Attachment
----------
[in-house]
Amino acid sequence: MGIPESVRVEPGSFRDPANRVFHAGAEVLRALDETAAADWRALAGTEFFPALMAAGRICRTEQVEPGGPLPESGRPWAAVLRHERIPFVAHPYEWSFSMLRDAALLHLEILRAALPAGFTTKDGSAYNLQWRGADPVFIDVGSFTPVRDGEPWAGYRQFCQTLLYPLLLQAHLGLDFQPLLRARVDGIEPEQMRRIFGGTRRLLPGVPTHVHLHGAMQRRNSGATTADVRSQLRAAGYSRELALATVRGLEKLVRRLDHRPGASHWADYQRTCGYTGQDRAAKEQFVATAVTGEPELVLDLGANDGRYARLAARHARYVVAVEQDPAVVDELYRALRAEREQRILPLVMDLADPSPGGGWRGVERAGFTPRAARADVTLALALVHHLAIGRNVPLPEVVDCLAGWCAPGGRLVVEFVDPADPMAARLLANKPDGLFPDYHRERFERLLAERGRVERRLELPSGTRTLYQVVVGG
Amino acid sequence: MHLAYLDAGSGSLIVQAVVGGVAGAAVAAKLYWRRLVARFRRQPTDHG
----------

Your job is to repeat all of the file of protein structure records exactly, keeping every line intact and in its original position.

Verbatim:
[in-house]
Amino acid sequence: MGIPESVRVEPGSFRDPANRVFHAGAEVLRALDETAAADWRALAGTEFFPALMAAGRICRTEQVEPGGPLPESGRPWAAVLRHERIPFVAHPYEWSFSMLRDAALLHLEILRAALPAGFTTKDGSAYNLQWRGADPVFIDVGSFTPVRDGEPWAGYRQFCQTLLYPLLLQAHLGLDFQPLLRARVDGIEPEQMRRIFGGTRRLLPGVPTHVHLHGAMQRRNSGATTADVRSQLRAAGYSRELALATVRGLEKLVRRLDHRPGASHWADYQRTCGYTGQDRAAKEQFVATAVTGEPELVLDLGANDGRYARLAARHARYVVAVEQDPAVVDELYRALRAEREQRILPLVMDLADPSPGGGWRGVERAGFTPRAARADVTLALALVHHLAIGRNVPLPEVVDCLAGWCAPGGRLVVEFVDPADPMAARLLANKPDGLFPDYHRERFERLLAERGRVERRLELPSGTRTLYQVVVGG
Amino acid sequence: MHLAYLDAGSGSLIVQAVVGGVAGAAVAAKLYWRRLVARFRRQPTDHG